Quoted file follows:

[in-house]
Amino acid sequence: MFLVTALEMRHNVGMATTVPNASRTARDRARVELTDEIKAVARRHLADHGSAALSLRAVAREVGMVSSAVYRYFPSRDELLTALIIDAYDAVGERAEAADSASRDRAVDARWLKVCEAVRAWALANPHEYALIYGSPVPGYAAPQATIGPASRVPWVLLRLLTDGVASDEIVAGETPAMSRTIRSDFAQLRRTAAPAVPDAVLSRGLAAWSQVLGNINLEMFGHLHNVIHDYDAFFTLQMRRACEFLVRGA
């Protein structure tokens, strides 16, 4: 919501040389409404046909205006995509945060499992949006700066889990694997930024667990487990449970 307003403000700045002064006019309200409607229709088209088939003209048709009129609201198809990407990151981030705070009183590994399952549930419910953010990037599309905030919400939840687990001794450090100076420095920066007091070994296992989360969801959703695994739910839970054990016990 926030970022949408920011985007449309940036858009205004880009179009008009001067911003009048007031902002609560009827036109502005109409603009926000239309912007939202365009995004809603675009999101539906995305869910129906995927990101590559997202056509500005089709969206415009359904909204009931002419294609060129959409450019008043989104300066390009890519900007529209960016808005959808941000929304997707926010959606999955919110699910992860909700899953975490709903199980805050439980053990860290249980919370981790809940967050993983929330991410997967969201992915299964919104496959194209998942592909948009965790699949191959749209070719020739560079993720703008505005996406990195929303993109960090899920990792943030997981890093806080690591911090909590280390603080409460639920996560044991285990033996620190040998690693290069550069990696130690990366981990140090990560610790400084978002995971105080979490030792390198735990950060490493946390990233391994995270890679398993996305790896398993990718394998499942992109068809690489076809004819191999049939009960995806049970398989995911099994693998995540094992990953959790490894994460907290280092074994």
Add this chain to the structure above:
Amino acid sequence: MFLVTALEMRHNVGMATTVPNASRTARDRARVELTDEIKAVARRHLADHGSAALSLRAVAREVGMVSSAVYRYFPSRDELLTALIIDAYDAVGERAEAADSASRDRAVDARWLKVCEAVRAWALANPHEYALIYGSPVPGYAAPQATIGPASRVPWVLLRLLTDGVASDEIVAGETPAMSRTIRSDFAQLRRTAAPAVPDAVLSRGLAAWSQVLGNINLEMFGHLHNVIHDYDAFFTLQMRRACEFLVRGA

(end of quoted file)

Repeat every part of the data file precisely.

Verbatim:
[in-house]
Amino acid sequence: MFLVTALEMRHNVGMATTVPNASRTARDRARVELTDEIKAVARRHLADHGSAALSLRAVAREVGMVSSAVYRYFPSRDELLTALIIDAYDAVGERAEAADSASRDRAVDARWLKVCEAVRAWALANPHEYALIYGSPVPGYAAPQATIGPASRVPWVLLRLLTDGVASDEIVAGETPAMSRTIRSDFAQLRRTAAPAVPDAVLSRGLAAWSQVLGNINLEMFGHLHNVIHDYDAFFTLQMRRACEFLVRGA
């Protein structure tokens, strides 16, 4: 919501040389409404046909205006995509945060499992949006700066889990694997930024667990487990449970 307003403000700045002064006019309200409607229709088209088939003209048709009129609201198809990407990151981030705070009183590994399952549930419910953010990037599309905030919400939840687990001794450090100076420095920066007091070994296992989360969801959703695994739910839970054990016990 926030970022949408920011985007449309940036858009205004880009179009008009001067911003009048007031902002609560009827036109502005109409603009926000239309912007939202365009995004809603675009999101539906995305869910129906995927990101590559997202056509500005089709969206415009359904909204009931002419294609060129959409450019008043989104300066390009890519900007529209960016808005959808941000929304997707926010959606999955919110699910992860909700899953975490709903199980805050439980053990860290249980919370981790809940967050993983929330991410997967969201992915299964919104496959194209998942592909948009965790699949191959749209070719020739560079993720703008505005996406990195929303993109960090899920990792943030997981890093806080690591911090909590280390603080409460639920996560044991285990033996620190040998690693290069550069990696130690990366981990140090990560610790400084978002995971105080979490030792390198735990950060490493946390990233391994995270890679398993996305790896398993990718394998499942992109068809690489076809004819191999049939009960995806049970398989995911099994693998995540094992990953959790490894994460907290280092074994």
Add this chain to the structure above:
Amino acid sequence: MFLVTALEMRHNVGMATTVPNASRTARDRARVELTDEIKAVARRHLADHGSAALSLRAVAREVGMVSSAVYRYFPSRDELLTALIIDAYDAVGERAEAADSASRDRAVDARWLKVCEAVRAWALANPHEYALIYGSPVPGYAAPQATIGPASRVPWVLLRLLTDGVASDEIVAGETPAMSRTIRSDFAQLRRTAAPAVPDAVLSRGLAAWSQVLGNINLEMFGHLHNVIHDYDAFFTLQMRRACEFLVRGA